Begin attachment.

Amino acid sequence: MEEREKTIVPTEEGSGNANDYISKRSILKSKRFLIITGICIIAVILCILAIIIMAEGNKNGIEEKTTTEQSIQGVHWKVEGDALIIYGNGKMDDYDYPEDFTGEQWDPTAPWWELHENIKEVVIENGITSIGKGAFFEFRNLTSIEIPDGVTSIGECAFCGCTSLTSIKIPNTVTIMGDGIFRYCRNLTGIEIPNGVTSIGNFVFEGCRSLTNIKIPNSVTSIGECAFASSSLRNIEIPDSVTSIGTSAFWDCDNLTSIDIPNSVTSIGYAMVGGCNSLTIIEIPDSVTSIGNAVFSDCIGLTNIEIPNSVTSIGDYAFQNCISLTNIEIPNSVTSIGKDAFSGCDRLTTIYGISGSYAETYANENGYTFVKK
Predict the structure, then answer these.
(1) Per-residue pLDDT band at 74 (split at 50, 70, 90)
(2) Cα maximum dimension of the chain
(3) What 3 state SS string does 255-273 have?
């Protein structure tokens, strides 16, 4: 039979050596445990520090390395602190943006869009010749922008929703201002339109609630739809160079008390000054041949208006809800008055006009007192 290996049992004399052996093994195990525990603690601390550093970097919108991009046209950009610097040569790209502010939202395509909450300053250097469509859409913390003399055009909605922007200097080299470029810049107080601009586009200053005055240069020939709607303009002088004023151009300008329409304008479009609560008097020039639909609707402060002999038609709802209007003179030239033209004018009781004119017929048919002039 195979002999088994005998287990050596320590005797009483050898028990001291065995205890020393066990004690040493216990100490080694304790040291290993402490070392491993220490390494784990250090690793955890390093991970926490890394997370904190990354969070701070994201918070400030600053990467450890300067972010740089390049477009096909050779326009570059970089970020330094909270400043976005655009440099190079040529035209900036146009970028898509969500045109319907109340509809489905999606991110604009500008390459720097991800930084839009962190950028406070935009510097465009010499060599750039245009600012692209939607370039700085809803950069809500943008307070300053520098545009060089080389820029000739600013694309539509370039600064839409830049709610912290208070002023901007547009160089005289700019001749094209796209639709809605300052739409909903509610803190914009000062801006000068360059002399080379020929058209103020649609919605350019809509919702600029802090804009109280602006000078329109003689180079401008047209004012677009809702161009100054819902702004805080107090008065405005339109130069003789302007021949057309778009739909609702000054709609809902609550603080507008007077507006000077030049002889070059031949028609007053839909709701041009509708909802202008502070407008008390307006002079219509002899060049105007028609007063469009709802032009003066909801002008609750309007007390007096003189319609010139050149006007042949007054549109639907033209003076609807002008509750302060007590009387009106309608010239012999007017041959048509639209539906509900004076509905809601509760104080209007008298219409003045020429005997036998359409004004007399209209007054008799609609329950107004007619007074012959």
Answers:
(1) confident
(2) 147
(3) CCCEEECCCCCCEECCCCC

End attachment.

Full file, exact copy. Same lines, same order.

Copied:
Amino acid sequence: MEEREKTIVPTEEGSGNANDYISKRSILKSKRFLIITGICIIAVILCILAIIIMAEGNKNGIEEKTTTEQSIQGVHWKVEGDALIIYGNGKMDDYDYPEDFTGEQWDPTAPWWELHENIKEVVIENGITSIGKGAFFEFRNLTSIEIPDGVTSIGECAFCGCTSLTSIKIPNTVTIMGDGIFRYCRNLTGIEIPNGVTSIGNFVFEGCRSLTNIKIPNSVTSIGECAFASSSLRNIEIPDSVTSIGTSAFWDCDNLTSIDIPNSVTSIGYAMVGGCNSLTIIEIPDSVTSIGNAVFSDCIGLTNIEIPNSVTSIGDYAFQNCISLTNIEIPNSVTSIGKDAFSGCDRLTTIYGISGSYAETYANENGYTFVKK
Predict the structure, then answer these.
(1) Per-residue pLDDT band at 74 (split at 50, 70, 90)
(2) Cα maximum dimension of the chain
(3) What 3 state SS string does 255-273 have?
């Protein structure tokens, strides 16, 4: 039979050596445990520090390395602190943006869009010749922008929703201002339109609630739809160079008390000054041949208006809800008055006009007192 290996049992004399052996093994195990525990603690601390550093970097919108991009046209950009610097040569790209502010939202395509909450300053250097469509859409913390003399055009909605922007200097080299470029810049107080601009586009200053005055240069020939709607303009002088004023151009300008329409304008479009609560008097020039639909609707402060002999038609709802209007003179030239033209004018009781004119017929048919002039 195979002999088994005998287990050596320590005797009483050898028990001291065995205890020393066990004690040493216990100490080694304790040291290993402490070392491993220490390494784990250090690793955890390093991970926490890394997370904190990354969070701070994201918070400030600053990467450890300067972010740089390049477009096909050779326009570059970089970020330094909270400043976005655009440099190079040529035209900036146009970028898509969500045109319907109340509809489905999606991110604009500008390459720097991800930084839009962190950028406070935009510097465009010499060599750039245009600012692209939607370039700085809803950069809500943008307070300053520098545009060089080389820029000739600013694309539509370039600064839409830049709610912290208070002023901007547009160089005289700019001749094209796209639709809605300052739409909903509610803190914009000062801006000068360059002399080379020929058209103020649609919605350019809509919702600029802090804009109280602006000078329109003689180079401008047209004012677009809702161009100054819902702004805080107090008065405005339109130069003789302007021949057309778009739909609702000054709609809902609550603080507008007077507006000077030049002889070059031949028609007053839909709701041009509708909802202008502070407008008390307006002079219509002899060049105007028609007063469009709802032009003066909801002008609750309007007390007096003189319609010139050149006007042949007054549109639907033209003076609807002008509750302060007590009387009106309608010239012999007017041959048509639209539906509900004076509905809601509760104080209007008298219409003045020429005997036998359409004004007399209209007054008799609609329950107004007619007074012959």
Answers:
(1) confident
(2) 147
(3) CCCEEECCCCCCEECCCCC